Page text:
Contributions to the hardness foundations of lattice-based cryptography

The manuscript: pdf.

Jury (November 6th, 2018 at Amphi Bio/SVT, ENS de Lyon)

President: Philippe GABORIT
Reviewers: Pierre-Alain FOUQUE
Alexander MAY
Examiners: Caroline FONTAINE
Damien Stehlé (PhD supervisor)


Lattice-based cryptography is one of the most competitive candidates for protecting privacy, both in current applications and post quantum period. The central problem that serves as the hardness foundation of lattice-based cryptography is called the Learning with Errors (LWE). It asks to solve a noisy equation system, which is linear and over-determined modulo q. Normally, we call LWE problem as an average-case problem as all the coefficients in the equation system are randomly chosen modulo q. The LWE problem is conjectured to be hard even wtih a large scale quantum computer. It is at least as hard as standard problems defined in the lattices, such as Bounded Distance Decoding (BDD) and unique Shortest Vector Problem (uSVP). Finally, the best known algorithm for solving these problems is BKZ, which is very expensive.

In this thesis, we study the quantum hardness of LWE, the hardness relations between the underlying problems BDD and uSVP, and the practical performance of the BKZ algorithm. First, we give a strong evidence of quantum hardness of LWE. Concretely, we consider a relaxed version of the quantum version of dihedral coset problem and show an computational equivalence between LWE and this problem. Second, we tighten the hardness relation between BDD and uSVP. More precisely, We improve the reduction from BDD to uSVP by a factor √ 2 , compared to the one by Lyubashevsky and Micciancio. Third, we propose a more precise simulator for BKZ. In the last work, we propose the first probabilistic simulotor for BKZ, which can pridict the practical behavior of BKZ very precisely.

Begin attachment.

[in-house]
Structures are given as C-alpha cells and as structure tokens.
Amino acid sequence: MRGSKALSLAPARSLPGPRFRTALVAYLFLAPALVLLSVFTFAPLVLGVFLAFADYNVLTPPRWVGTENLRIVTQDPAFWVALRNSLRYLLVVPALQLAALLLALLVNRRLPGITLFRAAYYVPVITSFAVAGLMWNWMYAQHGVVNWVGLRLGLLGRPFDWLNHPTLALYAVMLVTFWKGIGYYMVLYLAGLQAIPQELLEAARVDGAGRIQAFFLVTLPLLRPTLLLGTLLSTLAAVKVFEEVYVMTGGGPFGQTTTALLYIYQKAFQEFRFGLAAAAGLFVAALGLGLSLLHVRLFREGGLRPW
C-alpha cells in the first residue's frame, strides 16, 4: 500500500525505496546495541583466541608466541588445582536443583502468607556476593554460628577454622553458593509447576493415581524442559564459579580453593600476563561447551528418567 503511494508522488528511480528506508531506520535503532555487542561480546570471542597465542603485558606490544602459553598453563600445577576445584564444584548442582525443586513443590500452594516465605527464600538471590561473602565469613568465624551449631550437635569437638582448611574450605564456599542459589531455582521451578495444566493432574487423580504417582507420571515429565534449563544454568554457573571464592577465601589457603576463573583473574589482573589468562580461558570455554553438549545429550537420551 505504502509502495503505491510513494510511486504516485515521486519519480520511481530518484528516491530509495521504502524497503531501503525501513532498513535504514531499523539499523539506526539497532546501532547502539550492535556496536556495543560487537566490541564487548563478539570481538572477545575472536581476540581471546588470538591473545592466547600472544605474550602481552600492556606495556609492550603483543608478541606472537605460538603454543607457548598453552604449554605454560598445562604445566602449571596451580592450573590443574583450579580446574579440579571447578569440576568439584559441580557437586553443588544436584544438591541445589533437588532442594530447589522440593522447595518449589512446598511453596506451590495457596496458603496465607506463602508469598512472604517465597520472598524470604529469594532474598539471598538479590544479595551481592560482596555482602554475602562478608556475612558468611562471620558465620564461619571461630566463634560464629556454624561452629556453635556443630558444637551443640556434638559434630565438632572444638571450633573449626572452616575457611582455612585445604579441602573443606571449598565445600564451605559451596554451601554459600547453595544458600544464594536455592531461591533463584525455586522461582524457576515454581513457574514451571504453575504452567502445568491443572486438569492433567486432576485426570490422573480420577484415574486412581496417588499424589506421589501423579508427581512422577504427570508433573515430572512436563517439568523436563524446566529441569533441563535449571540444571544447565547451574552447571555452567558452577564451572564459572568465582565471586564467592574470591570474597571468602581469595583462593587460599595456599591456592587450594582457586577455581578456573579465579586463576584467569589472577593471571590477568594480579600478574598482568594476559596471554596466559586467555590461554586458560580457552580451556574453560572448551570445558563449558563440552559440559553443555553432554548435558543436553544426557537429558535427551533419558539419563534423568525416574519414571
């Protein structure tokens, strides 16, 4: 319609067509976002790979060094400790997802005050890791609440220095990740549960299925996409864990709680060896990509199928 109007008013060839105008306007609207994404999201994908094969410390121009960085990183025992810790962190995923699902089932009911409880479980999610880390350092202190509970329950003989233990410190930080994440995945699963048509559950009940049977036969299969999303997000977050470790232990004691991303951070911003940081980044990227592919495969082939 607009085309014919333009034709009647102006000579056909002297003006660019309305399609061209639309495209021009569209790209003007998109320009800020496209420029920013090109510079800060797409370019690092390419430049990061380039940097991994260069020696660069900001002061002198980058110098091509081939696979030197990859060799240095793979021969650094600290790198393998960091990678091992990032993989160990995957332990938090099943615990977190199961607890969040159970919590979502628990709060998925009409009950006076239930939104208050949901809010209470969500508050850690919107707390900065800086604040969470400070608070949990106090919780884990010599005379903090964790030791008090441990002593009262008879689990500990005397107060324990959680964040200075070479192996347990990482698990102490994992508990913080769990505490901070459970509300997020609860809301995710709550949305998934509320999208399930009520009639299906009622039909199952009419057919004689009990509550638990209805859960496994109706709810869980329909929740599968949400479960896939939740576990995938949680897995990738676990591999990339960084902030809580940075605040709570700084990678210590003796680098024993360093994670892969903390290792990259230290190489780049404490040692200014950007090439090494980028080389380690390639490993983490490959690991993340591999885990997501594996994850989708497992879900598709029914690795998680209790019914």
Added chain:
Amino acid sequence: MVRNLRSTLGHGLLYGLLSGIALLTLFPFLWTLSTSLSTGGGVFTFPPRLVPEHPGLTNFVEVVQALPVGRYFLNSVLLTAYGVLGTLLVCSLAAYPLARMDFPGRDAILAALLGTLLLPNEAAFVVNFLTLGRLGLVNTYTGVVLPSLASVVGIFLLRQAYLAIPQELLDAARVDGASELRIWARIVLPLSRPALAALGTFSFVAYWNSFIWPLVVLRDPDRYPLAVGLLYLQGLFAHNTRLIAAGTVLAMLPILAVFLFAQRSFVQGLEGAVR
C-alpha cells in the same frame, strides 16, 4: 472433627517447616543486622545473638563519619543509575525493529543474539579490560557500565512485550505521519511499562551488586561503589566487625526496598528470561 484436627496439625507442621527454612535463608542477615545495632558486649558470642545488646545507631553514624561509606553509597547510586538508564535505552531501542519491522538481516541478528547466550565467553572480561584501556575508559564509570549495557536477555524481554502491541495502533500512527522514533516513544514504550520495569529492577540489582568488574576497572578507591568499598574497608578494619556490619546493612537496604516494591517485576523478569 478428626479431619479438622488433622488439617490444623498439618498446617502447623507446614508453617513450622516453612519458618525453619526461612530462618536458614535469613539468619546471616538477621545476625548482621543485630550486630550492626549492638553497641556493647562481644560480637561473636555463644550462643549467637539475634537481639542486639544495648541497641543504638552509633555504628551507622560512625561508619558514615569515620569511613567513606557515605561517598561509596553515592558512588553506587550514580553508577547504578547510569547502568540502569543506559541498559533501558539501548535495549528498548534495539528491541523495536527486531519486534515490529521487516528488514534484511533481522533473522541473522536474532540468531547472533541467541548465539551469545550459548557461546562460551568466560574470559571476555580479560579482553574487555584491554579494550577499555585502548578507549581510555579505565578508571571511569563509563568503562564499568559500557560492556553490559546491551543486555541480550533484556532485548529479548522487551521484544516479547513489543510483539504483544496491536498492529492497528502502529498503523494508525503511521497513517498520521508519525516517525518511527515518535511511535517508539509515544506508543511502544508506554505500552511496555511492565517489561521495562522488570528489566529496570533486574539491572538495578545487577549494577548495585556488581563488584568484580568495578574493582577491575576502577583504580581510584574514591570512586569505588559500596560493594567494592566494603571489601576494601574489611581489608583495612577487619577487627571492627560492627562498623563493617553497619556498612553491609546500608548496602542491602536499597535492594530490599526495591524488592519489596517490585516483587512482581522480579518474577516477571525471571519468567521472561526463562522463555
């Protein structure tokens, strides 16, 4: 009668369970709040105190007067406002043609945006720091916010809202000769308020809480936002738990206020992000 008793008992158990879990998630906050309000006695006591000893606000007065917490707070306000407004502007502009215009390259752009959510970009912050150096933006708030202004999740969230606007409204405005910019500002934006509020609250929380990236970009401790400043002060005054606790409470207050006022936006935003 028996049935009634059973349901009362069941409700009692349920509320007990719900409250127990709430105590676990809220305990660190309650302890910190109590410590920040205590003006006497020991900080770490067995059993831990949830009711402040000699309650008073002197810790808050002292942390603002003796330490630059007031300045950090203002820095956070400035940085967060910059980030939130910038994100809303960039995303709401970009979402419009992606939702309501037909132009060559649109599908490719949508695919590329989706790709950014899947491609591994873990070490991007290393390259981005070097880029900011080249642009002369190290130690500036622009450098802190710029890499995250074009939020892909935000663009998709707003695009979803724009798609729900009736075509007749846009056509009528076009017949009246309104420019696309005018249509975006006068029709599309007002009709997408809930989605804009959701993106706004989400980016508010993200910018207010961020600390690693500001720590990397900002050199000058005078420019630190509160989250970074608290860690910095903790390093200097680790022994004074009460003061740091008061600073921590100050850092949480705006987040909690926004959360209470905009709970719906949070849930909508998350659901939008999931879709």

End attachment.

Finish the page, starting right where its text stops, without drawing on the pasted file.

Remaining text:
Chapter 1: Introduction.

The backgroud and motivation of this thesis, as well as a brief description of our main contributions are given in this chapter.

Chapter 2: Preliminaries.

Some necessary prerequisite definitions, concepts and results are given in this chapter.

Chapter 3: An improved reduction from BDD to uSVP.

In this chapter, we first give a brief discussion of the Lyubashevsky-Micciancio reduction from BDD1/2γ to uSVPγ. Then we give our improved reduction from BDD1/√ 2 γ to uSVPγ. We refer the reader to the link:, for a publication corresponding to this chapter.

Chapter 4: A Computational Equivalence between LWE and an Extrapolated Variant of DCP.

In this chapter, we first give a brief discussion on Regev's uSVP to DCP reduction. Then we given our results on the computational equivalence between LWE and an extrapolated version of DCP. We refer the reader to the link:, for a publication corresponding to this chapter.

Chapter 5: A finer modelling of BKZ: understanding the head concavity.

In this chapter, we first report some experiments providing more insight on the shorter-than-expected phenomenon, which denote the phenomenon that the first few Gram-Schmidt norms in experiments are smaller than the ones in the Chen--Nguyen BKZ simulator. Then, we present a refined BKZ simulator, and experimentally show that the new simulator can predict the behavior of BKZ more accurately. Finally, we further propose a new BKZ variant by exploiting the shorter-than-expected phenomenon, which can be used to solve the SVP-120 instance of the Darmstadt lattice challenge faster.

Our BKZ experiments were run using the fplll (version 5.2.0) and fpylll (version 0.4.0dev) open-source libraries. Our simulator, coded in Python, and the BKZ variants, coded in C++ are all freely available online: under the GNU Lesser General Public License (either version 2.1 of the License or any later version).

Some data corresponding to the figures of this chapter:
fig5.3, fig5.4, fig5.5, fig5.6, fig5.7, fig5.8 (a chain of block-sizes (movie)), fig5.9, fig5.10, fig5.11, fig5.12, fig5.13, fig5.14,
fig5.15-5.16, fig5.17-5.18, fig5.19-5.20 (full GSO norms (movie), first GSO norm (movie)), fig5.21, fig5.22, fig5.23, fig5.24, fig5.25,
fig5.26 (a process of pressed-BKZ60 (movie)), fig5.27, fig5.28, fig5.29, fig5.30-5.31, fig5.32-5.33, fig5.34, fig5.35.